Lake Cachuma is Making a Comeback

Just three months ago, County News told you about the dire situation at Lake Cachuma. The 3,000-acre reservoir had reached an all-time low capacity of 7 percent, raising fears that it would no longer be able to supply water to the region.

Boy, what a difference some rain makes.

On Feb. 17, the Santa Ynez Valley saw one of its largest storms in years. Within days, the lake had risen 31 feet. It then hit 42.5 capacity, up 24.5 percent from the previous week, according to a report from Santa Barbara County.

Just as Lake Cachuma served as a bellwether for the state’s drought, its resurgence shows just how far California has come. County officials, however, are quick to caution any overly-optimistic observers.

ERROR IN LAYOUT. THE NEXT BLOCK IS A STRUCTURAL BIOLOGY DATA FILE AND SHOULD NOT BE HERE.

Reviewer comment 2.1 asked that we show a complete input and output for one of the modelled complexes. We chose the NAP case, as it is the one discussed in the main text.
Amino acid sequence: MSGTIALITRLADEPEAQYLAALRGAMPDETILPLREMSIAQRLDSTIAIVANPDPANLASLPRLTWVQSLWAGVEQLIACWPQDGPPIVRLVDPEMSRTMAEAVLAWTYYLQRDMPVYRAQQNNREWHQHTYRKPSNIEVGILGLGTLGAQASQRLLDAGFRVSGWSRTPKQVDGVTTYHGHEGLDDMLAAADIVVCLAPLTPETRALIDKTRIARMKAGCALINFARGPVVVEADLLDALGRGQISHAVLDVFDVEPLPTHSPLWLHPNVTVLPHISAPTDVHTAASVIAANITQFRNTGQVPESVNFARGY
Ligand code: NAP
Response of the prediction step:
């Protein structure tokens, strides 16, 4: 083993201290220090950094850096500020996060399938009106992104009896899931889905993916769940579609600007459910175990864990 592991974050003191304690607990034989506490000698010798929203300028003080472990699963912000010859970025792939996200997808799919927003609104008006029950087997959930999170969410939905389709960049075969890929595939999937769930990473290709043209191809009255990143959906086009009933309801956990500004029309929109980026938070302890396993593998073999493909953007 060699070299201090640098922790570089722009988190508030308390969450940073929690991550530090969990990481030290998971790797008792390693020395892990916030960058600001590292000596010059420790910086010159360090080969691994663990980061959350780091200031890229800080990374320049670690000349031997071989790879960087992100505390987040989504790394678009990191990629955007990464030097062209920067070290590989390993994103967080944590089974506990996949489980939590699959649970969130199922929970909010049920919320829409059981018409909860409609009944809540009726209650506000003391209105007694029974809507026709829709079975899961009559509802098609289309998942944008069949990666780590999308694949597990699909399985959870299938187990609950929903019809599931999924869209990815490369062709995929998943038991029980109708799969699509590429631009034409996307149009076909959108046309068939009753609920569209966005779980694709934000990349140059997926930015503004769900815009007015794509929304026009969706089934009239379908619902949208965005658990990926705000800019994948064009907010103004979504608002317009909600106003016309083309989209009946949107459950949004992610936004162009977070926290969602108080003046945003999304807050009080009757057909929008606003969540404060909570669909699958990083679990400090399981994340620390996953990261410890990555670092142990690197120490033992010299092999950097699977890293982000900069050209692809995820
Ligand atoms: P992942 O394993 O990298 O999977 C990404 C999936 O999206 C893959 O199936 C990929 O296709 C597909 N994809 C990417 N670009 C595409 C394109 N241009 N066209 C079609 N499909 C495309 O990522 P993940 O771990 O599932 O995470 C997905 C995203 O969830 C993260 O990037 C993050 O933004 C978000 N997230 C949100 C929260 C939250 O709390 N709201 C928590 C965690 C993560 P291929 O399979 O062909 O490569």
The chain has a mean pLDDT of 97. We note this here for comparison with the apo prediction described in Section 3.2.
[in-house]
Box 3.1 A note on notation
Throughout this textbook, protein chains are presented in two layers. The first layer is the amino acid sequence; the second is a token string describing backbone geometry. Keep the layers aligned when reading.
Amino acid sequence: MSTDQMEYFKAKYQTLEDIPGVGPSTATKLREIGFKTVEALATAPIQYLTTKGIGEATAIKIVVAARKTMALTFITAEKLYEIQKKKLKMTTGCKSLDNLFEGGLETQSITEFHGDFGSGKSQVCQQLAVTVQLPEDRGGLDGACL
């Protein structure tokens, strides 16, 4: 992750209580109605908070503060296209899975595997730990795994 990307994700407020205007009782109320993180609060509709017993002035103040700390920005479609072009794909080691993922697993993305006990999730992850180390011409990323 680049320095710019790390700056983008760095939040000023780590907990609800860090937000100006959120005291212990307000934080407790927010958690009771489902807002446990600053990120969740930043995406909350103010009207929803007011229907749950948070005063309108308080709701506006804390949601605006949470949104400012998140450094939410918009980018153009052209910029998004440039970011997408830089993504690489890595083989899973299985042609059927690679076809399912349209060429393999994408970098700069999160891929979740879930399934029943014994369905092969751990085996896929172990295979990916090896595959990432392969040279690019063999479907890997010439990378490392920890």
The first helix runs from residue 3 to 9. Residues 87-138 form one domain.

The lake’s 43 percent capacity represents a stark turnout around, sure. But compared to many state reservoirs—at least six of which are well over 100 percent capacity—it still has a ways to go. While the state as a whole has seen vast improvements, Santa Barbara and Ventura Counties are the only two remaining counties in the extreme drought (D3) stage.



Monday, March 12, 2018 - 05:54

A shocking new report from Orange County’s Public Works Department shows just how bad things had gotten along the Santa Ana River trail before officials there received a court’s permission to clear